Five years ago, the Cherokee Film Summit was established to cultivate a film ecosystem that supports big dreams and bold actions by bringing business owners, film professionals and creatives together for “reel community connection.” Since then, the annual event has launched careers and inspired gearshifts and has exponentially grown our local film industry – and our economy – in ways we never imagined.
When it comes to quantifying the positive impact of the film industry, we often think about how much money Marvel spent while in Canton or how many off-duty deputies Netflix employed during the “Ozark” four-season run. Though important, these measurables are not the only ones to consider. Many Cherokee-based film professionals and businesses reaped the benefits, as well.
Take Richard Ruiz, for example. In 2018, Ruiz established Ol’ Time Barber Shop in Towne Lake. His business expanded when he and his team were hired as on-set barbers. “We learned to take care of the client’s needs by making our business mobile and keeping projects confidential,” said Ruiz, who also plans to list his shop as a potential film location. “It has that old iconic barbershop look.”
Delivering iconic looks is what Holly Springs natives Jeff and Angela Chattin specialize in. Previously auto collectors with an occasional film gig, the couple shifted into high gear after supplying vehicles for Disney’s “Jungle Cruise,” leading to the incorporation of JC Picture Cars LLC in 2019. “It’s incredible that we are involved with some of the most recognizable names in film through our antique cars,” Jeff said. “Who would ever have imagined this?” In December 2022, more than 80 of their 120 vehicles were in film productions across the United States, including the hit “Yellowstone” prequel, “1923,” starring Harrison Ford.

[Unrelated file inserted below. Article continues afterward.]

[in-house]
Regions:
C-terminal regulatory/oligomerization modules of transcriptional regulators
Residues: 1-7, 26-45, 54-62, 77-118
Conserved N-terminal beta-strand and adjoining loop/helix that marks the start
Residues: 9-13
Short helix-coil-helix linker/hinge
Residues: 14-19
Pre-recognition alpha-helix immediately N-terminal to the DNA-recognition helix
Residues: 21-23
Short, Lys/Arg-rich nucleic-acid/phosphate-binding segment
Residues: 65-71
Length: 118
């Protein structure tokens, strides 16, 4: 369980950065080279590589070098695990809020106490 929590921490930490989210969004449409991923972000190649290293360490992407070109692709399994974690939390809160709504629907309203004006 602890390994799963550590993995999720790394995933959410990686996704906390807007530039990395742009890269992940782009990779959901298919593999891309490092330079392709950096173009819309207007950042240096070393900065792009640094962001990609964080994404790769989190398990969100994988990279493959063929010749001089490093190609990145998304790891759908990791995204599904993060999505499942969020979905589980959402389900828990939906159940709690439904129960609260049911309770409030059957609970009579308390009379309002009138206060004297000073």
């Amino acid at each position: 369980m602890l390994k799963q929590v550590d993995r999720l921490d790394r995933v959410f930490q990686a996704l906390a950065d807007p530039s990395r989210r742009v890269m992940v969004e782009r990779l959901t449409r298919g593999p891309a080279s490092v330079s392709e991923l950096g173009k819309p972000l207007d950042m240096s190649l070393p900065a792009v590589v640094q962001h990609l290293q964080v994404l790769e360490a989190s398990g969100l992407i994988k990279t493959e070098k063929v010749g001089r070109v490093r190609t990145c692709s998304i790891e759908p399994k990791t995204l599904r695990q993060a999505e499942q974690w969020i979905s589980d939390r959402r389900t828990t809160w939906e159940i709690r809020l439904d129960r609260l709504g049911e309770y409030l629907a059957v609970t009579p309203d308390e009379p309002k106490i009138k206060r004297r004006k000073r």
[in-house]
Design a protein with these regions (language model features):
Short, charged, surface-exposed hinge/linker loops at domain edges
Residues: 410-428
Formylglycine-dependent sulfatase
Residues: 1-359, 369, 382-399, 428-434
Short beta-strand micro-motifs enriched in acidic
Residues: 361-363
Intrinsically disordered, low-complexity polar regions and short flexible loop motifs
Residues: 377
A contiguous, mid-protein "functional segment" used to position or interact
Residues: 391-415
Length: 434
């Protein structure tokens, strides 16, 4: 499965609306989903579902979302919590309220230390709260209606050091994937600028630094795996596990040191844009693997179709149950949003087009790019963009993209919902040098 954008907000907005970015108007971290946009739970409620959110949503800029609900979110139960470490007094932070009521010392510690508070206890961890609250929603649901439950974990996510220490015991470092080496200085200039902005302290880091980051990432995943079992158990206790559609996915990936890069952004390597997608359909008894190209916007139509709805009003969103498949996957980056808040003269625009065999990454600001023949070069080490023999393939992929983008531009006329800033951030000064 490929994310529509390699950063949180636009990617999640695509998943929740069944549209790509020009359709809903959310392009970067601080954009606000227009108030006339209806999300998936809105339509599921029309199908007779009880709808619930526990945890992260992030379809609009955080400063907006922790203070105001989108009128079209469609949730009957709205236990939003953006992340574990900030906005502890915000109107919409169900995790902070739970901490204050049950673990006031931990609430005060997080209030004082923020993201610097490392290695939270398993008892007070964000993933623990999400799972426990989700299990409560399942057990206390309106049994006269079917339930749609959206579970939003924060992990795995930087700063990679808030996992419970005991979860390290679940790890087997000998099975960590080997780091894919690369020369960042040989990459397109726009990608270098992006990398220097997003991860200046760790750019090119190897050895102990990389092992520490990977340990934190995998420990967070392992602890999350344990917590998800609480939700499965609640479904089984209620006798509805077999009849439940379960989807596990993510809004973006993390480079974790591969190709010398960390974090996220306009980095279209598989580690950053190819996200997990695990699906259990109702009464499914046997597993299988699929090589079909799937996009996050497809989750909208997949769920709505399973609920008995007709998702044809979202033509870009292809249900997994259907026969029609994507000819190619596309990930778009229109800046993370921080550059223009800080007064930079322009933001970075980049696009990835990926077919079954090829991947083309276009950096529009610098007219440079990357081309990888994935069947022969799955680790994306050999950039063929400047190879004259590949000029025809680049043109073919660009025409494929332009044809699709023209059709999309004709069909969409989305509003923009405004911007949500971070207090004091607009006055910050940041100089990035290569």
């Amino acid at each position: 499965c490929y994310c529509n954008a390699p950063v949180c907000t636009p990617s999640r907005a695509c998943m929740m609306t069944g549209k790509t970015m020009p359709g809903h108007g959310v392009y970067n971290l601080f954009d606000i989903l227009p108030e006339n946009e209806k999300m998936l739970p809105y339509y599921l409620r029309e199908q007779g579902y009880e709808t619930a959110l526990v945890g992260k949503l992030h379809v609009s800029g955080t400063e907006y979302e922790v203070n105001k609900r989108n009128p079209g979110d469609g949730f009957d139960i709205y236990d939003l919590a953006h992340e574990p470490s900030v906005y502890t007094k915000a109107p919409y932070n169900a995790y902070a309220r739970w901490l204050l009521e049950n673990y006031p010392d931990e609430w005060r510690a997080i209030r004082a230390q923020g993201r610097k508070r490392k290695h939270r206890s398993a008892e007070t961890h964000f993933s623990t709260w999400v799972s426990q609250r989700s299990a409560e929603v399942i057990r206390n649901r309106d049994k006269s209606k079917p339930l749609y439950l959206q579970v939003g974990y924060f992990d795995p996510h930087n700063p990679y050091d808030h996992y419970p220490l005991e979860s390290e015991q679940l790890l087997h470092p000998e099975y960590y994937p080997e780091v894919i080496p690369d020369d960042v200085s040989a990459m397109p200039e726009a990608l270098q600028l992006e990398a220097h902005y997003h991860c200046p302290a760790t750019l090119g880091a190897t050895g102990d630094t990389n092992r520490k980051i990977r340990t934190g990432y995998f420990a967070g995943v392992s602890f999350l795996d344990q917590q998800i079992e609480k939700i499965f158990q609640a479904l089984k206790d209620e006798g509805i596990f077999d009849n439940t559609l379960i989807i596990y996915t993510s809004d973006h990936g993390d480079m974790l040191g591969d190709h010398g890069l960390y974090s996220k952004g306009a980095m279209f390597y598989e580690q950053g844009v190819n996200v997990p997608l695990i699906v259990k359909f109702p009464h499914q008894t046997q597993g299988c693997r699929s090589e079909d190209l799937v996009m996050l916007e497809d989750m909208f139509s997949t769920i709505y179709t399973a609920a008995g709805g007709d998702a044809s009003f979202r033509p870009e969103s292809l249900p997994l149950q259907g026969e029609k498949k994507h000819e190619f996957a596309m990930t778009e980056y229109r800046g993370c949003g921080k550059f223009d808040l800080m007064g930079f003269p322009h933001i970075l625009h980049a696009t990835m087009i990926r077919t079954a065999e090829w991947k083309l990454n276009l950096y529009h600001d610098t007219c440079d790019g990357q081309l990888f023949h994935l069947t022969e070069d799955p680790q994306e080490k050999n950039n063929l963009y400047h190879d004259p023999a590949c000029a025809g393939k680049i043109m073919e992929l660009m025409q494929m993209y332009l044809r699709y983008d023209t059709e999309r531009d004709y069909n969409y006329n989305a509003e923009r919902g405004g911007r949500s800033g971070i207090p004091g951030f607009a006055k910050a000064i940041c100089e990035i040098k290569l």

Indiana Jones may have asked“ Why’d it have to be snakes?” But, for Kim Mross, snakes are a welcome sight. Mross, who resides in eastern Cherokee, gained notoriety for her expertise in removing undesired snakes from neighbors’ yards. This ultimately shifted into snake wrangling – a production role where she combs outdoor sets, such as “The Walking Dead,” to gently relocate snakes prior to filming. “It’s just the craziest thing ever,” Mross said. “Who’d have ever thought you could make a living like this?”
For some, the path into the industry has been more intentional. Screenwriter Cheryl McKay Price dreamed of being in the biz since she was a little girl. Upon relocating from Los Angeles to Woodstock eight years ago, the acclaimed screenwriter immersed herself in our community, instructed at the Cherokee Film Summit, and wrote award-winning screenplays – all the while, dreaming of one day filming one of her projects locally. Last year, that dream came true when she launched Stone Impact Media to produce faith-based and family content, filming her six-episode series “These Stones” almost exclusively in Cherokee County – providing exponential economic impact via production expenditures and by employing local crew. (Read more on Pages 16-17). “I was able to film here because of the gorgeous locations, tremendous production value and incredible resources throughout our community,” McKay Price said. “This is what Cherokee By Choice means to me.”
Whether you are seeking a career in the film industry or own a business that has the potential to support film production, the 2023 Cherokee Film Summit is the place for reimagining the possibilities. Opportunity awaits.
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